Ireland set to introduce a national minimum wage in 2000
A single national minimum wage is set to be introduced in Ireland by 2000, following the publication in April 1998 of a report by the National Minimum Wage Commission, established by the Government in summer 1997. The proposed hourly rate of IEP 4.40 per hour has been largely welcomed by the Irish Congress of Trade Unions, but has been heavily criticised by all employer groups.
The long-awaited report of Ireland's National Minimum Wage Commission, published in April 1998, is set to herald the introduction of a national minimum wage of around IEP 4.40 per hour. The target date set by the Commission is 1 April 2000, a date which would deliberately coincide with the commencement of a new national agreement between the social partners when the current Partnership 2000 (P2000) deal (IE9702103F) expires. Therefore, the precise details of the minimum wage will also, as asserted by Enterprise, Trade and Employment Minister, Mary Harney, be hammered out "in the context of negotiations on a successor to P2000".
The Commission does not specify the exact hourly rate but says that it should be set at "around" two-thirds of median earnings as defined by the Economic and Social Research Institute (ESRI), a government body established for the purposes of carrying out independent research. The Commission used a 1994 ESRI study Living in Ireland, to arrive at its central conclusion. The advantage of the ESRI study is that, unlike the figures supplied by the Central Statistics Office (CSO), it takes an average of all earnings and not just those in the manufacturing and extractive industry.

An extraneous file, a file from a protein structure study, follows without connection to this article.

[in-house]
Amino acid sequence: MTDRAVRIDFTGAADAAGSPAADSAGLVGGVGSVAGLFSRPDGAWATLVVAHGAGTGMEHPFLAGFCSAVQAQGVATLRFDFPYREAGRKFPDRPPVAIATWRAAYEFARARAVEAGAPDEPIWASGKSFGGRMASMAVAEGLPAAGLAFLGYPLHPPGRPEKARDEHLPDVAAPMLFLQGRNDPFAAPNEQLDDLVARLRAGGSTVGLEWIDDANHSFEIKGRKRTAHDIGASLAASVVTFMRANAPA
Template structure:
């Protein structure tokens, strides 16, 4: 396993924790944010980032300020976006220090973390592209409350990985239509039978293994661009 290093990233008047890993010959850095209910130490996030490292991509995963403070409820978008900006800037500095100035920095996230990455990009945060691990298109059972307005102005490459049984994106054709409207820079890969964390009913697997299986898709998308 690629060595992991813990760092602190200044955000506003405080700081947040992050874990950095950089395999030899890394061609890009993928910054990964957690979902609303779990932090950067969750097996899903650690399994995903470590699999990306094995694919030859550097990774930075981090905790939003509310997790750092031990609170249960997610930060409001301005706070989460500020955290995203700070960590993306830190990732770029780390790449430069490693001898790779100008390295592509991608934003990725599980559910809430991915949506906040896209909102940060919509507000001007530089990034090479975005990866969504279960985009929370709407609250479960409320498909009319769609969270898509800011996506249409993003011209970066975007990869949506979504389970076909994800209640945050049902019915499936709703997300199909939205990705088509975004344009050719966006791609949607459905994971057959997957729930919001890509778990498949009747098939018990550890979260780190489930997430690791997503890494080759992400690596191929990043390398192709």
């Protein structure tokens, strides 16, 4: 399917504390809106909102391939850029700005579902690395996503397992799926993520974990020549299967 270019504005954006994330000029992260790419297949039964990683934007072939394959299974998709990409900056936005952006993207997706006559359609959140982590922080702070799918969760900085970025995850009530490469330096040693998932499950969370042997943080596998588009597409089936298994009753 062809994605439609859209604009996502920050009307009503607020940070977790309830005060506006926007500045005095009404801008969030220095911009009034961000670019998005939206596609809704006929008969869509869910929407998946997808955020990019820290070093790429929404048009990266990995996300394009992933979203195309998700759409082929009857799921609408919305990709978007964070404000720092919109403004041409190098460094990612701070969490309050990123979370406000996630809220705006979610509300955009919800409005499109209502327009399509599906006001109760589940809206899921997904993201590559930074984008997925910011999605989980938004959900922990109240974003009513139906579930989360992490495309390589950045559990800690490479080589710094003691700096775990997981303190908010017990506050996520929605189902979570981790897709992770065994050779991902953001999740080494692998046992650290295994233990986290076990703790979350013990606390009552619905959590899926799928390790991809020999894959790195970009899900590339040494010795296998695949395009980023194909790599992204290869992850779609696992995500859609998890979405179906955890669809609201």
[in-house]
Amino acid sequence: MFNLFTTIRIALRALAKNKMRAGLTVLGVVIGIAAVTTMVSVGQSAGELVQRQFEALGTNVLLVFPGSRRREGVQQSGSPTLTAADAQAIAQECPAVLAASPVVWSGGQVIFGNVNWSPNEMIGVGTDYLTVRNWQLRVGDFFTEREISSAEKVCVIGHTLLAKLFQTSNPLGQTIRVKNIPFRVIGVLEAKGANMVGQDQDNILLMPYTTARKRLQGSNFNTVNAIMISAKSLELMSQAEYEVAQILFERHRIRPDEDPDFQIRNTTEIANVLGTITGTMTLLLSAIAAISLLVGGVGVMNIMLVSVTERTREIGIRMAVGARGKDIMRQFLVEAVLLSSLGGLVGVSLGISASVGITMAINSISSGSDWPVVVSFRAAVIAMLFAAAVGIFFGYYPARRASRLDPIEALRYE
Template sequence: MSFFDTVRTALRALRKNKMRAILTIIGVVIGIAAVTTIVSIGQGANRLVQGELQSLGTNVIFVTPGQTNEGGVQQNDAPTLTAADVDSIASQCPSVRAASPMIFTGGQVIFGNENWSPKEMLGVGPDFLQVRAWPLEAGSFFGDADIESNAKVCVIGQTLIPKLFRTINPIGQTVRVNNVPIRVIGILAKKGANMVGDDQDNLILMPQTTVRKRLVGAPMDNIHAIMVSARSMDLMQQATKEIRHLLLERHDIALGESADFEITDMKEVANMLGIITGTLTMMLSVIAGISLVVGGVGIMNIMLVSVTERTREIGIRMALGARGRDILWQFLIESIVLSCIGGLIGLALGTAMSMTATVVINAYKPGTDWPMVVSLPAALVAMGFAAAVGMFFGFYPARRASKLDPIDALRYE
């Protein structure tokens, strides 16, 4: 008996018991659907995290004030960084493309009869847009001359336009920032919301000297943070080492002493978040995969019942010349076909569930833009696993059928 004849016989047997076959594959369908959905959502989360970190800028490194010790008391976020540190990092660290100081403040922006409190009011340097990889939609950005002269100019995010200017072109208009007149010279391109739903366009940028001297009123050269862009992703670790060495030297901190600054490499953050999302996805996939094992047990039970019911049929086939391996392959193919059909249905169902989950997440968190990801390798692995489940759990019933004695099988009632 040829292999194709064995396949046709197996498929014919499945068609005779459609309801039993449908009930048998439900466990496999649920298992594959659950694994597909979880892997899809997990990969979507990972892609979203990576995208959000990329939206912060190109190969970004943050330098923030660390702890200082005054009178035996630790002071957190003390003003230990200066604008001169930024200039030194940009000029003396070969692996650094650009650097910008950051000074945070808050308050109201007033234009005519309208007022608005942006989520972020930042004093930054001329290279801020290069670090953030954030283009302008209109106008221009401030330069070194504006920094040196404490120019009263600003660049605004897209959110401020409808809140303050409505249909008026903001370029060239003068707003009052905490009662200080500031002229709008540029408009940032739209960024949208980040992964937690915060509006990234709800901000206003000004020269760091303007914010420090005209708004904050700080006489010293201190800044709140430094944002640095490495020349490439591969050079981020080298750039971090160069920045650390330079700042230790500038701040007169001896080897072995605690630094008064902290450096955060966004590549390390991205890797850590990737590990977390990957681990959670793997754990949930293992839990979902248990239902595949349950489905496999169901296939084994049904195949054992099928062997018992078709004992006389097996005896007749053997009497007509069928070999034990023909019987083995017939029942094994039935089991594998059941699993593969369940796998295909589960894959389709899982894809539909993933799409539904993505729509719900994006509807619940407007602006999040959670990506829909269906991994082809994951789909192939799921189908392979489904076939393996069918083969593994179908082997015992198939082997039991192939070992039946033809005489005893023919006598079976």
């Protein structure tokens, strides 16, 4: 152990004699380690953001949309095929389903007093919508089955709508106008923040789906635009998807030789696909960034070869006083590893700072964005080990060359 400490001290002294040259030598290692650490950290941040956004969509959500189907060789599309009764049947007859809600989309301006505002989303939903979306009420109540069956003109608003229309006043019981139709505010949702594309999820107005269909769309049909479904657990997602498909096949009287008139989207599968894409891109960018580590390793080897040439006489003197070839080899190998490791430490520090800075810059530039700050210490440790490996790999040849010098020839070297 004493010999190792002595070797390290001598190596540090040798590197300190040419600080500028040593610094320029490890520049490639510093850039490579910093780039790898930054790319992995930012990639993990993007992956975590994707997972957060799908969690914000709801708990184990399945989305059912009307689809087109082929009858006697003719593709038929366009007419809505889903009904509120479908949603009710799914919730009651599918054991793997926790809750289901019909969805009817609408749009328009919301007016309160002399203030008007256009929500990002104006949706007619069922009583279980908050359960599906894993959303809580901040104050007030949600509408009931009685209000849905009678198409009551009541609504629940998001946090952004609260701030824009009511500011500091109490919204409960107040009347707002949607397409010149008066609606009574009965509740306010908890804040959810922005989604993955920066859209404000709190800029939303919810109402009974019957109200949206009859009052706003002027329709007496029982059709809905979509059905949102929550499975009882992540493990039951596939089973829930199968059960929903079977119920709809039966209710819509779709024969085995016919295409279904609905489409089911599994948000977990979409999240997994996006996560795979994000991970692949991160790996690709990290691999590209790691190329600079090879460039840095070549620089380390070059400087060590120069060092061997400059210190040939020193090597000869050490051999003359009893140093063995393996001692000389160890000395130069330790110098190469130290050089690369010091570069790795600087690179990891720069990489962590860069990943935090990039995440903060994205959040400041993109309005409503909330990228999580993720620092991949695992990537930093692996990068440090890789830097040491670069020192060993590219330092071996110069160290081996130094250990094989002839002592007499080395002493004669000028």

Average hourly earnings for all employees in the ESRI survey were IEP 7.23 and median hourly earnings were IEP 6.00. The Commission, therefore, has added a notional 10% to cover the period between 1994 to 1997 in arriving at its conclusion that the minimum wage would work out at IEP 4.40 per hour. It also estimates that this would cost just under 4% of the total national paybill.
The Commission is also "particularly conscious" of the possibility of a change in economic circumstances arising out of EU Economic and Monetary Union and, "in line with the arrangements in P2000 dealing with pay under that agreement, recommend that the minimum wage should similarly be subject to review under the partnership process".
While a single minimum wage rate is proposed, there are important provisos. Lower rates are proposed for workers who are under 18 (70% of the full-time rate), with job entrants, apprentices and trainees to receive 75%, 80% and 90% for the first, second and third years of employment respectively. However, any employer who wants to pay the lower entry rate has to state in that worker's terms and conditions exactly what training will be provided during the first year of employment. Otherwise, the full rate will have to be applied.
Comparing minimum wages in different OECD countries, the Commission found that three broad ranges have been used. Countries such as Belgium and France used a "high" ratio of 60%-70% of average earnings, countries such as the Czech Republic, Spain and Mexico used very "low" ratio of just 20%-25%, while the USA, Netherlands and New Zealand used a medium ratio of 40%-50%.